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Page 158 - Ah, what a life were this! how sweet! how lovely ! Gives not the hawthorn bush a sweeter shade To shepherds, looking on their silly sheep, Than doth a rich embroider'd canopy To kings, that fear their subjects' treachery ? O, yes it doth ; a thousand-fold it doth.
Page 55 - Pity and need Make all flesh kin. There is no caste in blood, Which runneth of one hue, nor caste in tears, Which trickle salt with all ; neither comes man To birth with tilka-mark stamped on the brow, Nor sacred thread on neck. Who doth right deed Is twice-born, and who doeth ill deeds vile. Give me to drink, my brother ; when I come Unto my quest it shall be good for thee.
Page 111 - ... shillings, which no man could use, and which was laid by for the fire. I considered the nature of its construction, bought it, and paid the two shillings. I then asked him to favour me with a hammer and a pin, which he brought with half a conquering smile, and half a sneer. I drove out the garter-pin, which, being galled, prevented the press from working, and turned another square, which perfectly cured the press. He said in anger, " If I had known, you should not have had it.
Page 79 - He was in person tall, and of a noble appearance ; his temperament was sanguine, with that slight mixture of phlegmatic which gives calmness and dignity ; his manners were eminently open and cordial ; he took the lead in conversations, and with a social heart had a grandiose manner like that arising from position, wealth, and habitual command. He went among his people like a monarch bestowing largess.
Page 4 - WILLIAM and MARY, by the grace of God, King and Queen of England, Scotland, France and Ireland, defenders of the faith, &c.
Page 78 - I am here cut off from the milk of science, which flows in such redundant streams from your learned Lunatics, and which, I can assure you, is a very great regret to me.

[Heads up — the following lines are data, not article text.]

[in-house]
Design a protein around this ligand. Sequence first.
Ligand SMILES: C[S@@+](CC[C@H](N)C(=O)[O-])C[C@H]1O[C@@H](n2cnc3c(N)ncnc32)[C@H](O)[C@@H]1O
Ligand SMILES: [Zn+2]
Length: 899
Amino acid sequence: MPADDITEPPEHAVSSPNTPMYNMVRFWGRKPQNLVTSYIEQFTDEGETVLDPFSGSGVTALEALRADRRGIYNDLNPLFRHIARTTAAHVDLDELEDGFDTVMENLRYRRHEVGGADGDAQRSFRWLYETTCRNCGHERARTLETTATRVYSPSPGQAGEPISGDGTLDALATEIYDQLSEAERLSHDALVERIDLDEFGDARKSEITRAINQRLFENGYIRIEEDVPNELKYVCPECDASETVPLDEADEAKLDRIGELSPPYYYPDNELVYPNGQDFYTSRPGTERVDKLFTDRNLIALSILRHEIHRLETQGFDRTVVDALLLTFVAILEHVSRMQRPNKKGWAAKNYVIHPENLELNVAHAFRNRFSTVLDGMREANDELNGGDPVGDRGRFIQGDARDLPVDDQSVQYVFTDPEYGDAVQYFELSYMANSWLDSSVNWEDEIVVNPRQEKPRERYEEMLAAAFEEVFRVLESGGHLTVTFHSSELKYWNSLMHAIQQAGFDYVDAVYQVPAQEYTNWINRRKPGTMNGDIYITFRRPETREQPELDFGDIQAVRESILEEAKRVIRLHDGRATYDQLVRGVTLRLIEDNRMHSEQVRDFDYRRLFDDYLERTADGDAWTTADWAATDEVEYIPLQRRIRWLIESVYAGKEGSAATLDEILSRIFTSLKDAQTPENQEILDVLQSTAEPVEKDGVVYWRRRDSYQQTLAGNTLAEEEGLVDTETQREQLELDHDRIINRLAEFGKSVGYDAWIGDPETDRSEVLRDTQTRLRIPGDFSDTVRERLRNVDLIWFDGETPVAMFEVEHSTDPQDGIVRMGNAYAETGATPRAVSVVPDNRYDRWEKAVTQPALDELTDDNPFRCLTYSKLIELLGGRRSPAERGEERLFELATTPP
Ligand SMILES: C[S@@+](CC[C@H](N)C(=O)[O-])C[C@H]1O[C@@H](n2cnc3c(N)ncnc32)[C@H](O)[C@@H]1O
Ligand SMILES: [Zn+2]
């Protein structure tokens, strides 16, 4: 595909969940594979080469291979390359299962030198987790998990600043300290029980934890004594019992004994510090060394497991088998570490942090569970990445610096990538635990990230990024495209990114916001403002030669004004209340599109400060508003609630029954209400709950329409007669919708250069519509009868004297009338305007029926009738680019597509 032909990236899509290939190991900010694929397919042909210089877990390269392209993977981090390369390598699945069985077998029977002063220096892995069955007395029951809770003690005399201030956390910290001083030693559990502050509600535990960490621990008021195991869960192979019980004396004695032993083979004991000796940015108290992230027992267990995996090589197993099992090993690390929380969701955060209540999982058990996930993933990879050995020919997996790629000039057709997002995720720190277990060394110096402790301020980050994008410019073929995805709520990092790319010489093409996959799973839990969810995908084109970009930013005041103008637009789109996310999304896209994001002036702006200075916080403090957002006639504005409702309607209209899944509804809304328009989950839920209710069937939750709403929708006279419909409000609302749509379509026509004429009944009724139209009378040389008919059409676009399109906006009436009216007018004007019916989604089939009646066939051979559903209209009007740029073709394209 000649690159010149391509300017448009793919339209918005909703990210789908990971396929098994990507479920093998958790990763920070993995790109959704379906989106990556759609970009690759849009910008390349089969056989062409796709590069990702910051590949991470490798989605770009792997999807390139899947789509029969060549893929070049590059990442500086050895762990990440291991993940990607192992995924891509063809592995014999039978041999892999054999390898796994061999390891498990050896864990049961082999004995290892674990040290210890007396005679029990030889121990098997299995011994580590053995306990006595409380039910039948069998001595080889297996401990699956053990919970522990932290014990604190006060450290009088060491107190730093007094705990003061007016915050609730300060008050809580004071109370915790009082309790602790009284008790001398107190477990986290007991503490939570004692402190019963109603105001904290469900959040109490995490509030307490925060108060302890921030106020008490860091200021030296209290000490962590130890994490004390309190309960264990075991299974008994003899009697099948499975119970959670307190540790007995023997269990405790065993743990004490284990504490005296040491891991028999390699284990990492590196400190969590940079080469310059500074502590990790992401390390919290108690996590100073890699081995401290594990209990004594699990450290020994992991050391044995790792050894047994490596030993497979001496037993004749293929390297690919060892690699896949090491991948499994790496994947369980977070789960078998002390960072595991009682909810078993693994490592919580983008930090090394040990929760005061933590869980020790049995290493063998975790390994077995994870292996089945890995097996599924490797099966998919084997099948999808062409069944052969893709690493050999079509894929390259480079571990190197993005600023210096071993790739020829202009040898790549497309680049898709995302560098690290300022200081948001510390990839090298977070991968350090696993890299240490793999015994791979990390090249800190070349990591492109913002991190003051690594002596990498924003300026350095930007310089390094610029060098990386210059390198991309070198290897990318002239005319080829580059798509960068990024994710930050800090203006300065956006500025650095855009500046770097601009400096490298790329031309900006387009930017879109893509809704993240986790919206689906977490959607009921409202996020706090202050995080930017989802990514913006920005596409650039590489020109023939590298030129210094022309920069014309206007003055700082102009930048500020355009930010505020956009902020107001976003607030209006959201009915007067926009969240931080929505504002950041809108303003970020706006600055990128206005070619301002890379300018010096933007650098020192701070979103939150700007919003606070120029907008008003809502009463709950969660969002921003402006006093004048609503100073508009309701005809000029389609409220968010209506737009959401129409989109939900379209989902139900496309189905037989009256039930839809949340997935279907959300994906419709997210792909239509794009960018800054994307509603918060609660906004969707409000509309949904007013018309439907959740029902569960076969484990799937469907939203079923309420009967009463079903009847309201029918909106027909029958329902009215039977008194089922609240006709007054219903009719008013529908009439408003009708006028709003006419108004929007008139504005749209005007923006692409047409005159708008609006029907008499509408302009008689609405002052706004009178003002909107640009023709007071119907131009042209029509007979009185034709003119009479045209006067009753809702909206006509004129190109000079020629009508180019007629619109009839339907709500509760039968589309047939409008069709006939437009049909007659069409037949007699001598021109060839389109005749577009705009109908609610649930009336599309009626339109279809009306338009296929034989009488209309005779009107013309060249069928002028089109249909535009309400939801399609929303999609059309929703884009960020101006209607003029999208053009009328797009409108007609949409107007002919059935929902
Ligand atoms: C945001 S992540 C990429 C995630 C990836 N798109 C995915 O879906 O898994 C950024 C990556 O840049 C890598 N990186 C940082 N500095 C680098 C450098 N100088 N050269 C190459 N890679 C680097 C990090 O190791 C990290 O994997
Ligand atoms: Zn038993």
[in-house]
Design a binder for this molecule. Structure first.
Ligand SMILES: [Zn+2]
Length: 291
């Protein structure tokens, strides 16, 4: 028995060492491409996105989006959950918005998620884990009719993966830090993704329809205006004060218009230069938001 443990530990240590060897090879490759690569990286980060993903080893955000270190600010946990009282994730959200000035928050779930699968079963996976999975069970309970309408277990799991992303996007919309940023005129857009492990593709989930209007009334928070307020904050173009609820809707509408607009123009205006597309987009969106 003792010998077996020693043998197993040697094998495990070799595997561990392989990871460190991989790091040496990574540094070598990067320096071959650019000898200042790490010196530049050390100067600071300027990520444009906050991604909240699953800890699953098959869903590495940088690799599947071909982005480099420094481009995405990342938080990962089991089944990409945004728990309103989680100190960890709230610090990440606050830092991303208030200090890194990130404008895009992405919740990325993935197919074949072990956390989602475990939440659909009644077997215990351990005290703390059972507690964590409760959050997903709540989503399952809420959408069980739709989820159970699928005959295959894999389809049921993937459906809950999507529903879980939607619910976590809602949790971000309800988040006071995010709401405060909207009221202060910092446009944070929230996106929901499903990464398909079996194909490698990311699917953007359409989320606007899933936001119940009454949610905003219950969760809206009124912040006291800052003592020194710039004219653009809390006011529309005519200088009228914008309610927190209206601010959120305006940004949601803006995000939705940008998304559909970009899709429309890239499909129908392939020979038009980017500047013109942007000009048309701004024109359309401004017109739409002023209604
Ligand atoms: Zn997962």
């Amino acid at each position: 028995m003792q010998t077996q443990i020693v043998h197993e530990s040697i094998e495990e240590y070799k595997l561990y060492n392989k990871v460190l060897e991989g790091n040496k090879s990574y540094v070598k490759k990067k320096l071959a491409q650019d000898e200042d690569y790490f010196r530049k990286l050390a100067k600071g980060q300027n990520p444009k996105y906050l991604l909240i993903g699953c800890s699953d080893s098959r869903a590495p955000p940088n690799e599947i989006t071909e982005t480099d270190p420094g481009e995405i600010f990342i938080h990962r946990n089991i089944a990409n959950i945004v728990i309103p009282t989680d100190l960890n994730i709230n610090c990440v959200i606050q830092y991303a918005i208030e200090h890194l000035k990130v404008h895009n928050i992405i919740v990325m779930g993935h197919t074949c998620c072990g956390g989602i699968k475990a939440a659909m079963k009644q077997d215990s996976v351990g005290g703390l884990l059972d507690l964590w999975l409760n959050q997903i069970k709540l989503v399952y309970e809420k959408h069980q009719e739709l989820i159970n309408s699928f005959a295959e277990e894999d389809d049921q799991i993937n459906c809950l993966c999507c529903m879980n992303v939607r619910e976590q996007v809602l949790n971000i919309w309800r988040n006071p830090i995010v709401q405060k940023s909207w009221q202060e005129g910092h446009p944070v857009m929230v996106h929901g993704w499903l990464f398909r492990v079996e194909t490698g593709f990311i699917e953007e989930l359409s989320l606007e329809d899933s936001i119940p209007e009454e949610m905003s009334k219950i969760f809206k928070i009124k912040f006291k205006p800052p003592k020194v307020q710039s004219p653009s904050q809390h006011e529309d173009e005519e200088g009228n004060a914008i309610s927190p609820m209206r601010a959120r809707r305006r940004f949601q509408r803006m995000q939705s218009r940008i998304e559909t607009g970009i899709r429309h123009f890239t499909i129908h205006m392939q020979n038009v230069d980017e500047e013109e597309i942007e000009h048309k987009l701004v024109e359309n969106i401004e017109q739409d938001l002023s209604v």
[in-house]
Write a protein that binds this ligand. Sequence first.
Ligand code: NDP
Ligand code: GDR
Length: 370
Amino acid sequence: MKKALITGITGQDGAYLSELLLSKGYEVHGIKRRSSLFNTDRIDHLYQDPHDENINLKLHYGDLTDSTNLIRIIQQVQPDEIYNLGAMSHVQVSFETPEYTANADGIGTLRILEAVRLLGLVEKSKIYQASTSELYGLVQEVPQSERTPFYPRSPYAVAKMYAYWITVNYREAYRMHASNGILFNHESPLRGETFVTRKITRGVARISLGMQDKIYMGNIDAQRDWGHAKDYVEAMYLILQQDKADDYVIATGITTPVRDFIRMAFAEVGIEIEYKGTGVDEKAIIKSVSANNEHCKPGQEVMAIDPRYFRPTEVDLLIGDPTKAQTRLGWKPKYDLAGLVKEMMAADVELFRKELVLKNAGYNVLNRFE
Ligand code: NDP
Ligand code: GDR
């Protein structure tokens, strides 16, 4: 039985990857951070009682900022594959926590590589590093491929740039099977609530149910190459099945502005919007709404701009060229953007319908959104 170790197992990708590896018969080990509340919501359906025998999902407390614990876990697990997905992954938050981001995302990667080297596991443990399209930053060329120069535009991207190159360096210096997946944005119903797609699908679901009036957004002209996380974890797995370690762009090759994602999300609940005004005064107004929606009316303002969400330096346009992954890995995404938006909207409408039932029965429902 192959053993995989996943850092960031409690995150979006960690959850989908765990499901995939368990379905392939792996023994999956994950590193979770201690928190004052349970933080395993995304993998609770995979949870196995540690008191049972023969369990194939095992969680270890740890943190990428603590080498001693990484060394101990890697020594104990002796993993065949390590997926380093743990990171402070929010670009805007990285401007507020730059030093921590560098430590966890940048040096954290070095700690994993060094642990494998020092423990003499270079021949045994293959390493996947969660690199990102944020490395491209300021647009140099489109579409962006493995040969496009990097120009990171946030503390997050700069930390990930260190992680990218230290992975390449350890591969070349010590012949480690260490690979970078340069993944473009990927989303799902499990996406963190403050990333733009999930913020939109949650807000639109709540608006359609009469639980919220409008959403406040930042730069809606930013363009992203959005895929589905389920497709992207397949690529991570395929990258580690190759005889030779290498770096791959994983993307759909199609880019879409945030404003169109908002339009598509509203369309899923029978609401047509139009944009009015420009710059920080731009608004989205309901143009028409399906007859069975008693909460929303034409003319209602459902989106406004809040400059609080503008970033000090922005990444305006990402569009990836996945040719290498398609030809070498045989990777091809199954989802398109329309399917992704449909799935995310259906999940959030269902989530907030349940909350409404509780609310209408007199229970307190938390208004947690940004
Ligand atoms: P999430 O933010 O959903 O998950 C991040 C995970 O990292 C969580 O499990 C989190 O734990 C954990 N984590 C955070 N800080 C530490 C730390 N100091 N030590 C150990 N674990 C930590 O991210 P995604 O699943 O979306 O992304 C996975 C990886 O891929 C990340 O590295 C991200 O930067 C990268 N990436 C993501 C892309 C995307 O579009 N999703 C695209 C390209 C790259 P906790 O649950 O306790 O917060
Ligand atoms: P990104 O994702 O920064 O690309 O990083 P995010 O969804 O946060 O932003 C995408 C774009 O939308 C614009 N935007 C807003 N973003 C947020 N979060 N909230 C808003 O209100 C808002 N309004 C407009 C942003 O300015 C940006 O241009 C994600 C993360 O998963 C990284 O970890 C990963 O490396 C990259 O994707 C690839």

Page 158 - To kings, that fear their subjects' treachery ? O, yes it doth ; a thousand fold it doth. And to conclude, — the shepherd's homely curds, His cold thin drink out of his leather bottle, His wonted sleep under a fresh tree's shade, All which secure and sweetly he enjoys, Is far beyond a prince's delicates, His viands sparkling in a golden cup, His body couched in a curious bed, When care, mistrust, and treason wait on him.
Page 87 - Mr. Watt, Dr. Darwin, Mr. Wedgwood, Mr. Day, and myself, together — men of very different characters, but all devoted to literature and science. This mutual intimacy has never been broken but by death ; nor have any of the number failed to distinguish themselves in science or literature.
Page 79 - Whilst Mr. Boulton's eye and countenance had something of radiance, Mr. Watt's were calm, as if patiently investigating or quietly contemplating his object. His utterance was slow and unimpassioned, deep and low in tone, with a broad Scotch accent; his manners gentle, modest, unassuming. In a company where he was not known, unless spoken to, Tie might have tranquilly passed the whole time in pursuing his own meditations.
Page 77 - I consider my settlement at Birmingham as the happiest event "in my life, being highly favourable to every object I had in view, philosophical " or theological. In the former respect I had the convenience of good workmen " of every kind and the society of persons eminent for their knowledge of "chemistry, particularly Mr. Watt, Mr. Keir, and Dr. Withering. These, with "Mr. Boulton and Dr.

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